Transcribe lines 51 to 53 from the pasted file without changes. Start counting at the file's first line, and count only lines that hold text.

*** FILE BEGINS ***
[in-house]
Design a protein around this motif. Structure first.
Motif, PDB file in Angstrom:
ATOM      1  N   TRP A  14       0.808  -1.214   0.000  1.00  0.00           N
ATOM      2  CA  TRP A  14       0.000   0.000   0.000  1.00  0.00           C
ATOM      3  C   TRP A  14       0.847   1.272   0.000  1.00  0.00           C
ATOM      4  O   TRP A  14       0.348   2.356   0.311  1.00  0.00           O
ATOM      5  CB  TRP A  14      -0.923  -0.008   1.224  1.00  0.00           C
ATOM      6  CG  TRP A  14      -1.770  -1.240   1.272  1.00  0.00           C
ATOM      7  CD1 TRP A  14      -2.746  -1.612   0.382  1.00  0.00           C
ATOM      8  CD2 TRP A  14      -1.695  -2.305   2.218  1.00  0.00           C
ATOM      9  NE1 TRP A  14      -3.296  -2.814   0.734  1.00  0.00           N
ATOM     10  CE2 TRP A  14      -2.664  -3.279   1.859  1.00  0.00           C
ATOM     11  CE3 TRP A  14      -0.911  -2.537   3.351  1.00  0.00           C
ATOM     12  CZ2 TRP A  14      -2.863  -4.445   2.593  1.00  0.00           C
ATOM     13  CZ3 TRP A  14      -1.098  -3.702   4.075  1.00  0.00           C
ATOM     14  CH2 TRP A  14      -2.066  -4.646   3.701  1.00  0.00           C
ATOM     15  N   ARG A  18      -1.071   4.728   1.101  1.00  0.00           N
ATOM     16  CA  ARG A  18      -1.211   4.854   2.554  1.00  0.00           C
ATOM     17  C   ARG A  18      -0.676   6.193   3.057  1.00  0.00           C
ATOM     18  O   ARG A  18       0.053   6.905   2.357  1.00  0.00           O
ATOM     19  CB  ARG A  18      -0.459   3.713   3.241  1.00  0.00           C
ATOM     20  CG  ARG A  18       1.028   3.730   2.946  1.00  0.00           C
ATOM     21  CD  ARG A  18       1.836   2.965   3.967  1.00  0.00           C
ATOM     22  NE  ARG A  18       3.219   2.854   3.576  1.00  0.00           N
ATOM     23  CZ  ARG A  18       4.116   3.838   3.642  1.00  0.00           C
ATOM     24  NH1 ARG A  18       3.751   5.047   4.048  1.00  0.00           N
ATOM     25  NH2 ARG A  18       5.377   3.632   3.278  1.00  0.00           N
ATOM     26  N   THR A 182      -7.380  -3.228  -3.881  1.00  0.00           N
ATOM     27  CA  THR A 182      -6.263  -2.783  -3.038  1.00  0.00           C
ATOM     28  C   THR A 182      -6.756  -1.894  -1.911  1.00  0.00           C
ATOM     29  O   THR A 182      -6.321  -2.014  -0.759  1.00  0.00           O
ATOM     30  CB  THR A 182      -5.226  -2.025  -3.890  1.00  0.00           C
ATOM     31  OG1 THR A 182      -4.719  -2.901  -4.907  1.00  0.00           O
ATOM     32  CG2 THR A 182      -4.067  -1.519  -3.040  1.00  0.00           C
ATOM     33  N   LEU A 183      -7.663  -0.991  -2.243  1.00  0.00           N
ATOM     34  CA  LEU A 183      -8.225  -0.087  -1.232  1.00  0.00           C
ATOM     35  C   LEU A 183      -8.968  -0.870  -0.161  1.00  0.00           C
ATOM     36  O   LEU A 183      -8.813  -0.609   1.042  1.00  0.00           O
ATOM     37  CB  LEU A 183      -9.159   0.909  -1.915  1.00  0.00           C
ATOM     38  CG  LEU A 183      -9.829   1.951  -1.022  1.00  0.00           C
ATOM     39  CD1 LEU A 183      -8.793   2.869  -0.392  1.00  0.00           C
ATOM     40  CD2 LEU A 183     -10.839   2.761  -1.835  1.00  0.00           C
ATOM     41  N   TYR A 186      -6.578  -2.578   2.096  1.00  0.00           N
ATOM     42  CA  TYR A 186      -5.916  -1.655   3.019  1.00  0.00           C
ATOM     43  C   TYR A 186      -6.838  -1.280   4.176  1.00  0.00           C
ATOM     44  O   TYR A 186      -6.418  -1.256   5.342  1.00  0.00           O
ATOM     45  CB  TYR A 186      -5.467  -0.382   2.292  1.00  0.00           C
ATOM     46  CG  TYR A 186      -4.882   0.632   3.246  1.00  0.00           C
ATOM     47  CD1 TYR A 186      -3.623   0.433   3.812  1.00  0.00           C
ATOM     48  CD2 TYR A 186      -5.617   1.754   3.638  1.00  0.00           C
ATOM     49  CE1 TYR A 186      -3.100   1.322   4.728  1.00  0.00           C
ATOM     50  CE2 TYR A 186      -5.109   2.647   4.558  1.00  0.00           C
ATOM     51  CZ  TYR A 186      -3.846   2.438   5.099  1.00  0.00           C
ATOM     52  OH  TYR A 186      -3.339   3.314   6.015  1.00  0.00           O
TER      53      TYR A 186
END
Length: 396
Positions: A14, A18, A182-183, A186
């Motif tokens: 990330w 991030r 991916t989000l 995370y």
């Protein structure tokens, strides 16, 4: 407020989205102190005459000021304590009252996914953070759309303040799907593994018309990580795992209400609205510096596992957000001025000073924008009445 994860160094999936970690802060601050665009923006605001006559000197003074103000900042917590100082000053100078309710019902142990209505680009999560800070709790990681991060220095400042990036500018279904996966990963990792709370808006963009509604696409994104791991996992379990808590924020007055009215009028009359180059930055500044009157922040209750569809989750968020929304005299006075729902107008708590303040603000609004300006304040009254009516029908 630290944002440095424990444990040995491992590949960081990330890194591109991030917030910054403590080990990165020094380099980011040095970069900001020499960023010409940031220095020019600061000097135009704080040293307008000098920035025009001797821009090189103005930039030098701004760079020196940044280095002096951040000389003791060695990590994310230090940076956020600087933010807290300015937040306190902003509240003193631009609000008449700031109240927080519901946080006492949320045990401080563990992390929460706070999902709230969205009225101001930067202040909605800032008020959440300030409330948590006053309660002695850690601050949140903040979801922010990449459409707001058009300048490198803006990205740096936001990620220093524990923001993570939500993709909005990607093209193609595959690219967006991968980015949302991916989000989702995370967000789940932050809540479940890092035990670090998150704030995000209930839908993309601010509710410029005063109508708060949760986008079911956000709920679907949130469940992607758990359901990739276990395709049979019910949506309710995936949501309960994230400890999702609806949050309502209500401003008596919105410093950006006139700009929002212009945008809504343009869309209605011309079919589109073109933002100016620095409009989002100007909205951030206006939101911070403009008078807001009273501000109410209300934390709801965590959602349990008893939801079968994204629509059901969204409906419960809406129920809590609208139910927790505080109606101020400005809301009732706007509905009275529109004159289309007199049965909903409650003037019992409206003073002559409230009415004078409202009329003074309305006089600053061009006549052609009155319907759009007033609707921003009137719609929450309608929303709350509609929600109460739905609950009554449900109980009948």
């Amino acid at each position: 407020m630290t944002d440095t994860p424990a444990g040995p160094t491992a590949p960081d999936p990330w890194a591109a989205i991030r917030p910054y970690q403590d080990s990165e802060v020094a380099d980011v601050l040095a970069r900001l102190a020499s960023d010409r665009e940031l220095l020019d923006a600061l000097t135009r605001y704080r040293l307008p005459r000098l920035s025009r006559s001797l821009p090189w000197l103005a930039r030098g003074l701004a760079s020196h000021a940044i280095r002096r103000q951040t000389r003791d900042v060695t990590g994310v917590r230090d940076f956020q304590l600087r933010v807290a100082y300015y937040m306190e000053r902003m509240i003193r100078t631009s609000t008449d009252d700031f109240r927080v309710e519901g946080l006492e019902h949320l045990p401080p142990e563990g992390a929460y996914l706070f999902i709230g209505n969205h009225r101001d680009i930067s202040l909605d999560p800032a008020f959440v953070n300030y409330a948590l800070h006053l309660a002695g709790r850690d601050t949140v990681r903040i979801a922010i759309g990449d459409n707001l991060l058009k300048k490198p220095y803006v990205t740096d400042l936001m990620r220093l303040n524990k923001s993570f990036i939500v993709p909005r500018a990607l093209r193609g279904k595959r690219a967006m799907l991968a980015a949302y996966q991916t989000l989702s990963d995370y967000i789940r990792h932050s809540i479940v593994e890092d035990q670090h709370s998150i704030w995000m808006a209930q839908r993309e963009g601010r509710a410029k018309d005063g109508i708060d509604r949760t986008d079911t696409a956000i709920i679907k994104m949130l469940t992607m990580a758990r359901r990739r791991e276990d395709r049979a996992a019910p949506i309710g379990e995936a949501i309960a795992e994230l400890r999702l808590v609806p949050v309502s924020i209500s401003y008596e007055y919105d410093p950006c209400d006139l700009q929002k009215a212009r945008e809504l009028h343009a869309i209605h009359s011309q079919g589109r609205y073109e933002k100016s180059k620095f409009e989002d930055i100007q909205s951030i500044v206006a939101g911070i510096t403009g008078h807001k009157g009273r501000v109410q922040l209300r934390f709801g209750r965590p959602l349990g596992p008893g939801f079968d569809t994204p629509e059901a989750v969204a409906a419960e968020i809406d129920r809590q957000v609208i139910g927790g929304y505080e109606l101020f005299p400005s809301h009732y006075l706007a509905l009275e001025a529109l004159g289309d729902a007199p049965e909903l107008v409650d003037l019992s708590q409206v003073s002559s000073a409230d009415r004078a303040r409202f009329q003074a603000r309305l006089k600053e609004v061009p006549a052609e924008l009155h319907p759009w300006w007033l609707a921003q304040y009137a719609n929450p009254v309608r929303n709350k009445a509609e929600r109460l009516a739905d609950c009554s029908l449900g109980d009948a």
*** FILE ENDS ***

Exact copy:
ATOM     48  CD2 TYR A 186      -5.617   1.754   3.638  1.00  0.00           C
ATOM     49  CE1 TYR A 186      -3.100   1.322   4.728  1.00  0.00           C
ATOM     50  CE2 TYR A 186      -5.109   2.647   4.558  1.00  0.00           C